In the last installment of my primer on Marian apocalypticism, I looked at the ideological Fatima movement in relation to the Second Secret of Fatima. Here I will continue my look at this movement with a focus on the controversy surrounding the Third Secret of Fatima.
At the heart of traditionalist mythology involving the Third Secret of Fatima is an apocalyptic narrative that speaks of a current or future apostasy within the Church. Unlike Second Secret apocalypticism, which focuses on the threat of the Church’s external enemies, Third Secret apocalypticism is focused on an internal threat. It positions its adherents as a faithful remnant, standing amidst the ruins of both human society at large and a Church that has largely capitulated to the forces of the prince of this world.
Third Secret apocalypticism tends to incorporate elements of a broader tradition of visions of apostasy, and one of its important precursors is the Secret of Our Lady of La Salette. I wrote extensively about this secret in my look at Taylor Marshall’s Infiltration, and Pedro Gabriel has also analyzed it, so I will be brief in my comments here.
There are two versions of the Secret of Our Lady of La Salette as recounted by the visionary Mélanie Calvat: the original 1851 version, which had been lost and was only discovered in the Vatican in 1999, and the 1879 version published by Mélanie later in her life. The 1851 version describes the rise of the Antichrist and the persecution of the pope and Church by external forces, but includes nothing that contradicts what the Church typically teaches regarding the “end times.” The 1879 version, however, is significantly different and suggests (according to one particular reading) that the Antichrist will rise within the Church:
It will be during this time that the Antichrist will be born of a Hebrew nun, a false virgin who will communicate with the old serpent, the master of impurity, his father will be B. At birth, he will spew out blasphemy; he will have teeth; in a word, he will be the devil incarnate. […] Rome will lose the faith and become the seat of the Antichrist. (Taken from Marshall’s reprinting of the text.)
This 1879 version, though it was taken seriously by many, was dismissed in The Catholic Encyclopedia (1913) as the product of a person “whose mind had been disturbed by reading apocalyptic books and the lives of illuminati.” It was put on the Index Librorum Prohibitorum in 1923, though that hasn’t stopped it from being promoted by some adherents of traditionalist apocalypticism, including most recently Taylor Marshall.
There are numerous other alleged messages from Our Lady that offer visions of apostasy, although they are all of dubious authenticity. Examples include the following:
Our Lady of Good Success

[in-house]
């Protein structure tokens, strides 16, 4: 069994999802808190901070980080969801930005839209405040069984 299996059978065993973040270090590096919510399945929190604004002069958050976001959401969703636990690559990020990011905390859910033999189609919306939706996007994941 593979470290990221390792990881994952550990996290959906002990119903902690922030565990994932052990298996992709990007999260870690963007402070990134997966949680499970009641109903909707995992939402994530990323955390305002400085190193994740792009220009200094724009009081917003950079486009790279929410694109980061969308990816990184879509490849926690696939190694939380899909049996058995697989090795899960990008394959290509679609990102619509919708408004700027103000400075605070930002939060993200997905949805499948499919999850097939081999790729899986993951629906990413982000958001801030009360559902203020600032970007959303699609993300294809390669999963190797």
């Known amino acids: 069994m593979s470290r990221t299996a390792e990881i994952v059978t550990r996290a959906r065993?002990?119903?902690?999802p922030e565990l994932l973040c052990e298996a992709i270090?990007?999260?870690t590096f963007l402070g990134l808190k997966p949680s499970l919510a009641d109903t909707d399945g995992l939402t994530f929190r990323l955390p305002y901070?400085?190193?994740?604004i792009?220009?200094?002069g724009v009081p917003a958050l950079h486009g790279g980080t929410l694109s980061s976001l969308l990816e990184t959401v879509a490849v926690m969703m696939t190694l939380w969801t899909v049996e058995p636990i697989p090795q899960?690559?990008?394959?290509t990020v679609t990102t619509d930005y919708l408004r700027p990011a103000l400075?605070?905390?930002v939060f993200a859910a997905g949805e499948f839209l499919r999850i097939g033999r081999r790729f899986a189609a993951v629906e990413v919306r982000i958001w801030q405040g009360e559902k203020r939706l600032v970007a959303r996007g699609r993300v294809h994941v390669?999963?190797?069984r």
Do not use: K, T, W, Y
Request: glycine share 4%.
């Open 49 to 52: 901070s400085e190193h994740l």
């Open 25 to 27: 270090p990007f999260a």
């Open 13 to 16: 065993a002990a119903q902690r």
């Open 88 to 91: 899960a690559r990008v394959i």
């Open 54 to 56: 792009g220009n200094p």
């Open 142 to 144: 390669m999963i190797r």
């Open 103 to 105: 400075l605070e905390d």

These messages, allegedly given to Mother Mariana de Jesus Torres in Quito, Ecuador in the sixteenth century, speak of Masonic attacks on the Church, corruption and loss of faith amongst priests, and even what sounds like the absence of the pope at some point in the twentieth century. They appear to be most often promoted by TFP and TFP-related groups. The book that contains them, which is allegedly from 1790 and based on “lost” original documents, is most likely a nineteenth or twentieth-century pious forgery. (The mention of Freemasons in messages from the sixteenth century is just one red flag.)
Our Lady of Akita
The Our Lady of Akita messages were given to Sister Agnes Katsuko Sasagawa in Japan in 1973, and popularized (at least in part) in the English-speaking world by Blue Army co-founder John Haffert beginning in the late 1980s. Of particular interest is the third message that Sister Agnes received, on October 13, 1973: “The work of the devil will infiltrate even into the Church in such a way that one will see cardinals opposing cardinals, bishops against other bishops. The priests who venerate Me will be scorned and opposed by their confreres…churches and altars sacked; the Church will be full of those who accept compromises and the demon will press many priests and consecrated souls to leave the service of the Lord.” The Vatican has not commented on any of the apparitions. A new message was allegedly received by Sister Agnes in 2019.
Our Lady in Civitavecchia
These apparitions, recently brought back into the spotlight by Archbishop Viganò in a recent interview with LifeSiteNews, have long been a subject of controversy in Italy. They date from 1995, when a small statue of Mary—a souvenir from Medjugorje, owned by the Gregori family of Civitavecchia—began weeping blood. A young child in the Gregori family, Jessica, received messages that spoke of apostasy in the Church. These apparitions have a convoluted reception history, but it is safe to say that they have never been fully accepted by the Church.